Nothing’s aMUTTer with me

I admit that being an INFJ, or perhaps just a jerk, I don’t excel at small talk. Picture this: Josie Junebug and I are walking the neighborhood, socializing in a crowd, or visiting the vet’s office, and some friendly soul inquires about our beautiful girl, “what kind of dog is that?”

To which I reply, “Well, we’re not really sure, but we think she’s a Ridgeback mix.”

Then they inevitably respond, “Oh, I think she’s…”

Well, good for you. I mean, you’ve never seen her ridge rise like the spines of a porcupine when she spots a squirrel invading her yard. You have only a superficial view of her temperament, but please, tell me what you think.

I know it sounds harsh. (Refer to previous disclaimer about inadequacies with small talk, and you’re probably now starting to lean towards the jerk option.) First of all, if we cared what kind of dog we had, we wouldn’t have adopted a mutt. Secondly, I think it’s a strange conversation to have with someone you don’t know. You start off talking about how sweet my dog is; by your third sentence, I’m getting an unsolicited opinion about how I’m wrong.

Let’s imagine a similar conversation with a different topic:

Stranger: “Hey, what are you listening to on your headphones?”

Me: “Showtunes.”

Stranger: “Huh, I think showtunes are stupid.”

My former clinic friends and I had a favorite game. First, you have to understand that, whatever kind of breed an owner says they have, you go with it. For some people, I guess it is a matter of pride, and if Mr. Jones is in love with his twenty pound “mastiff mix,” who are you to challenge that bond by telling him it’s not?

So, the game goes like this: I bring a dog back to the treatment area for a nail trim, blood draw, or whatever, clearly having a wild sixty pound yellow lab on a leash. My friend would say, “Whatcha got there?” If you’re playing the game, the answer would be something outrageous like, “this is an imported mammoth Chihuahua.” To keep it going, she’d reply, “That’s the best looking Mammoth Chihuahua I’ve ever seen.”

It great way to enliven work, much like performing lip sync concerts while mopping. However, this is never something we’d say in front of the owner. Why? Because bonds are personal and special. It served no one for us to be “right.”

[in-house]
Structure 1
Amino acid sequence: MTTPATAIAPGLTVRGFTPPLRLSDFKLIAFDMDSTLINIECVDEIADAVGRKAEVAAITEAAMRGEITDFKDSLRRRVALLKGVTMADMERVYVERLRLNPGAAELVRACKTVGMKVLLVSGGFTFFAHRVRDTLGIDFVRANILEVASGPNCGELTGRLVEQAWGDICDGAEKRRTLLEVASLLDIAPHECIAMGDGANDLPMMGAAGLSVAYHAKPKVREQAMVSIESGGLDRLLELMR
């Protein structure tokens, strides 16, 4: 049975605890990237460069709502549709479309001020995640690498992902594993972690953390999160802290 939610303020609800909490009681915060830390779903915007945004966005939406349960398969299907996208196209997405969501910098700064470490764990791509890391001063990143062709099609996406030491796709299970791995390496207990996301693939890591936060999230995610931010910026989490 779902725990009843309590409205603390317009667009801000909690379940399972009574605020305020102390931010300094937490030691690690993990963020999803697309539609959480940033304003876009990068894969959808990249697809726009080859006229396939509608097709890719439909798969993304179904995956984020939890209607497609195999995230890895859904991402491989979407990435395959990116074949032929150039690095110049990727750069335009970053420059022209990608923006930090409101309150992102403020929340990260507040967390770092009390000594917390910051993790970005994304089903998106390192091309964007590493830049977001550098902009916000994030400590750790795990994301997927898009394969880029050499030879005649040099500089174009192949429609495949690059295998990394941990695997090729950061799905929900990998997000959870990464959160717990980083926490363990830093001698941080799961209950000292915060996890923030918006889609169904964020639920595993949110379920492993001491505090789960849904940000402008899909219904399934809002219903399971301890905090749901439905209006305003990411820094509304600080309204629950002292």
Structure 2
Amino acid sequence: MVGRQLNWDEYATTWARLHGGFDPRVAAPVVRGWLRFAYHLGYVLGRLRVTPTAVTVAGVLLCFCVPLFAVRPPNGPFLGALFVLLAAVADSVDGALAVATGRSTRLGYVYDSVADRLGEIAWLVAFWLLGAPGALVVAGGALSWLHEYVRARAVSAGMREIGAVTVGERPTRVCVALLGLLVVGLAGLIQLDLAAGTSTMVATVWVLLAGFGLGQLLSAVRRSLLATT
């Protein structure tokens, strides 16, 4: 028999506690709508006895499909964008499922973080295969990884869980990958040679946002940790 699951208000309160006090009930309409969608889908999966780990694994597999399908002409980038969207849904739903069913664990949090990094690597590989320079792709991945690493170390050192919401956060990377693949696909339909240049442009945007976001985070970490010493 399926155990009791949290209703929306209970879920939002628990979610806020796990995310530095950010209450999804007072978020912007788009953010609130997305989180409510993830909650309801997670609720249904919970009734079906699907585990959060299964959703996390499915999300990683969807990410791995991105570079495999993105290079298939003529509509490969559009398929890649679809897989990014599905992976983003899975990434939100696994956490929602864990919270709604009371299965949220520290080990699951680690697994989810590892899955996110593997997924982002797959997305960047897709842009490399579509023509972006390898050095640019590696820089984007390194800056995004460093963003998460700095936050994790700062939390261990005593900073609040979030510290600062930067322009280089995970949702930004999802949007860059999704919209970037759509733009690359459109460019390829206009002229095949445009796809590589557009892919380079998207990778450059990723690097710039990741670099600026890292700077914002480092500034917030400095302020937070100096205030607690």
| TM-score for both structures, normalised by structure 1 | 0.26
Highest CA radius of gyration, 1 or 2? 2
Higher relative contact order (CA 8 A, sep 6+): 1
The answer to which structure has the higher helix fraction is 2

As a society, we seem to project so much of our external image that even our loved-ones are evaluated. Smartest kid, biggest dog, fastest car, newest phone….

bobdylan-meWhile this may be as ancient as neighbors having green grass, now we market it instantly to a wider audience: Facebook, Snapchat, hell–even our own blog. 🙂

Rather than hide our “flaws,” why not embrace them–contemplate why they are there.

There is a Japanese aesthetic philosophy I have long admired called wabi-sabi. In the simplest of terms, it’s an appreciation that flaws are made by an item’s story through time. In a world of airbrushing and screen-captures of the perfect moment, I’ll let you see behind the curtains.

I leave papers and books scattered around the house like autumn leaves upon the lawn. The shredded corner of my love seat testifies to 15 years of living with my cat, whom I have often referred to as my best friend. My husband’s grey hairs remind me of a lifetime spent together, just as we’d dared to hope 21 years ago. I’m fairly smart, but say and do dumb things. Often. Like posting about my spouses’s grey hairs on the world wide web. My daughter struggles with dyslexia, and my son is so stubborn he has literally argued with us about whether it’s day or night.

We have had it helpfully suggested to us that Josie Junebug is a vizsla, doberman, lab, and boxer. I think I’ll start telling people she’s a bedhog/antelope mix. If she was descended from unicorns or the most common breed on the planet is meaningless to us. We love her because she is ours: big, beautiful, mess-maker, insistent cuddler, and eager part of the family.

Time for you to play along. Leave a comment with an absurdly silly suggestion as what mix Josie Junebug could be. Or, embrace wabi-sabi and confess to something beautifully flawed in your own life.

To read more on wabi-sabi, check out this great article: Wabi-sabi https://www.tofugu.com/japan/wabi-sabi/

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